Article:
The English curriculum is built around the three interrelated strands of Language, Literature and Literacy. English competence is a compulsory requirement for secondary graduation and for entry to all post-compulsory education and training.
The English programs in Years 7 -12 are designed to develop the knowledge and skills of all students to enable them to maximise their potential. To achieve the outcomes of the course, all students will need to complete sufficient work during class time and submit a minimum number of assignments and other designated work.The details of these requirements are made clear to students at the beginning of each section of work.
All students are required to have a diary file, exercise book and lined paper. Teachers will explain the use of these materials in the teaching and learning program.
Specific homework tasks will be set. There is also an expectation that any work not completed in class time will be finished at home. Every student should be:
- Completing class work
- Developing personal spelling lists
- Completing reading set by class teacher
- Reading a range of novels, newspapers and magazines
- Maintaining a writer’s/reader’s log
- Drafting/revising assignment work
- Watching particular television shows
Speaking and Listening, Viewing, Reading and Writing.
Through these aspects of the English course, skills in the use and understanding of language are developed.
Students are given opportunities to use language as writer, speaker and performer. Their comprehension skills are also developed through reading, viewing, listening and writing.
Speaking and Listening
In this aspect students speak and listen with purpose, understanding and critical awareness in a wide range of contexts. This is a key element in the English course and is used for learning and communication. Students are given numerous opportunities to use oral language in a variety of contexts and for different purposes.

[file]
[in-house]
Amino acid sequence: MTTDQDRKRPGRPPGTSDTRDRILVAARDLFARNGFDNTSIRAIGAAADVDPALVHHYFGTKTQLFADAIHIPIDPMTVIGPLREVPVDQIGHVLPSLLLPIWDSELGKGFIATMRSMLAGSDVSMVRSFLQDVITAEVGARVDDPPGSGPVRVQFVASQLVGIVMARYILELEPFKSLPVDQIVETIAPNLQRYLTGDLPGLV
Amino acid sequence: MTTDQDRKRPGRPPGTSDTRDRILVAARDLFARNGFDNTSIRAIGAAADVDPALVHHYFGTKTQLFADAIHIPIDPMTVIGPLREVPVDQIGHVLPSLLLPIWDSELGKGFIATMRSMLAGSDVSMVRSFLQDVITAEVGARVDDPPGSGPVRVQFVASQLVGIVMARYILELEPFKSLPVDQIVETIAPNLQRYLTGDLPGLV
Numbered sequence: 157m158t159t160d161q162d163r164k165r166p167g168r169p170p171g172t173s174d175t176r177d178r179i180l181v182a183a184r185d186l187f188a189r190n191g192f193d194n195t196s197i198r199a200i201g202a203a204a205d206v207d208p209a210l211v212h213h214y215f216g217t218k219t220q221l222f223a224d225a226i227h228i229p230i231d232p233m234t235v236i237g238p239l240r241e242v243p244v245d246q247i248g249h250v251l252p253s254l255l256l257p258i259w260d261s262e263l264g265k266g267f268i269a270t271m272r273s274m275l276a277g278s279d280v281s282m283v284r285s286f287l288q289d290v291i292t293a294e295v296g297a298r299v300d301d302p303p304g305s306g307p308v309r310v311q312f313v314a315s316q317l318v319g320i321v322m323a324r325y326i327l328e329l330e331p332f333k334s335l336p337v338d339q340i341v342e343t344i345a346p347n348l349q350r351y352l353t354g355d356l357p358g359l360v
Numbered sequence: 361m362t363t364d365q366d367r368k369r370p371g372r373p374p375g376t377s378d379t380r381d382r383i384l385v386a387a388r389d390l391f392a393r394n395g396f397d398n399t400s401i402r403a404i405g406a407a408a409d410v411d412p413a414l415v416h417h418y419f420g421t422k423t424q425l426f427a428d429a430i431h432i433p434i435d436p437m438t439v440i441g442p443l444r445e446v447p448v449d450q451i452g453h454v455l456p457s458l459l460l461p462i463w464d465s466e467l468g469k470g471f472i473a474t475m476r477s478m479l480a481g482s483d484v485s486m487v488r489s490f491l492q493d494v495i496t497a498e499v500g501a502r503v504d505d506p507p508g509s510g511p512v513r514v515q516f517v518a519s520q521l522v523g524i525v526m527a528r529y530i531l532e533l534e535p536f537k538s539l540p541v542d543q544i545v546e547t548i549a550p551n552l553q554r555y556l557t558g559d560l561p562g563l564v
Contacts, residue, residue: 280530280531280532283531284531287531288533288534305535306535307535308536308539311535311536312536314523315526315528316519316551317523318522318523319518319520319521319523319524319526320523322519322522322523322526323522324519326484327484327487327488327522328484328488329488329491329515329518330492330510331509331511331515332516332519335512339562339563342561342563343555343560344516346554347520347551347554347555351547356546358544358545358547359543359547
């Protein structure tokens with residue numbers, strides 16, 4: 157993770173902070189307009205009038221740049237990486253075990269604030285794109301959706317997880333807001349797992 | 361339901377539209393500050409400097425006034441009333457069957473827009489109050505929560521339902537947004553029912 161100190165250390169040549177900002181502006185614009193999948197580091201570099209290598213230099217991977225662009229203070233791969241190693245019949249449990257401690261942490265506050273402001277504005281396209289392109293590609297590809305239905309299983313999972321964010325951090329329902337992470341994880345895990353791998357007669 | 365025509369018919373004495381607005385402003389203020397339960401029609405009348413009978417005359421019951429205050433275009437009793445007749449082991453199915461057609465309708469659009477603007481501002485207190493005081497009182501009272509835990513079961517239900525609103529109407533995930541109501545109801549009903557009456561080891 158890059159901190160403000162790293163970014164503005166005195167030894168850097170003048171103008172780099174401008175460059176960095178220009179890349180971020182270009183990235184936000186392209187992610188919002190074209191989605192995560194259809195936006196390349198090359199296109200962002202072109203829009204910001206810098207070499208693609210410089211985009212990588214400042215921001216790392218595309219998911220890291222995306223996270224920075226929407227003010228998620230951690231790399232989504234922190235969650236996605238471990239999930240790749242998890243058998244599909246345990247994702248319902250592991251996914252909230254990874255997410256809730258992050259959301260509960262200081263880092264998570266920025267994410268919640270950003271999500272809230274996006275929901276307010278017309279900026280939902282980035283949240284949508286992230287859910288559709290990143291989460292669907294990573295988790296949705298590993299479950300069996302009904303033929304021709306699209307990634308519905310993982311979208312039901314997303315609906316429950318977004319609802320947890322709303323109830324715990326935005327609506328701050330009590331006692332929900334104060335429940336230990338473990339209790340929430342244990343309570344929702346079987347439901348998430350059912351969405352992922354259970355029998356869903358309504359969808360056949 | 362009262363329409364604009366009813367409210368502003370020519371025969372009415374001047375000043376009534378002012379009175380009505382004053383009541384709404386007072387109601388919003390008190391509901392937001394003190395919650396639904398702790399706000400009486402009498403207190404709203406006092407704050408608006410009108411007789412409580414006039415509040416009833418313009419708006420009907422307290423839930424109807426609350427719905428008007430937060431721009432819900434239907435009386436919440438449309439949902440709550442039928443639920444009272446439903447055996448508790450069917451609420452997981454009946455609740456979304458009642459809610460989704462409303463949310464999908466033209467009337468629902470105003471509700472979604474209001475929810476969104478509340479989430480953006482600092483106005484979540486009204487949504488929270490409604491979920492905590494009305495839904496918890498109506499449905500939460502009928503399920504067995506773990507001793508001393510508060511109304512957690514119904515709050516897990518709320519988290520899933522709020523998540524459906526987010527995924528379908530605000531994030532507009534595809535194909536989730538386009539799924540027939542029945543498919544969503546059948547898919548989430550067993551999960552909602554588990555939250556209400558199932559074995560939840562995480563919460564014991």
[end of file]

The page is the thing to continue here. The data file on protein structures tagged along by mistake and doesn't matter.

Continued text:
This aspect requires students to view a wide range of visual texts with purpose, understanding and critical awareness. People are relying more and more on the visual medium of film, computers and television for their information. Students are helped to understand the techniques used in these forms of communication and how the attitudes and values that are being presented may influence the reader and viewer.
The focus of this aspect is for students to read a wide range of texts with purpose, understanding and critical awareness. Wide and constant reading is essential for success in this subject. Each student should be spending time each week on home reading. It is crucial that a wide variety of texts are read: novels, newspapers and magazines of various types and non-fiction material such as biographies and/or autobiographies and historical narratives. In addition to developing language skills through reading, students are presented with ideas and information that they can use in other areas of the English course.
In this aspect students write for a range of forms using conventions appropriate to audience, purpose and context. Students work with different types of communications: speech, novel, short story, poems, film, drama script, letter and newspapers. These provide a starting point for the students who are expected to understand what is read and express their ideas through the effective use of oral and written expression. Within this context students learn current spelling, the use of punctuation and how to organise ideas.
For more information regarding English as part of the Australian Curriculum visit: https://www.australiancurriculum.edu.au/f-10-curriculum/english/rationale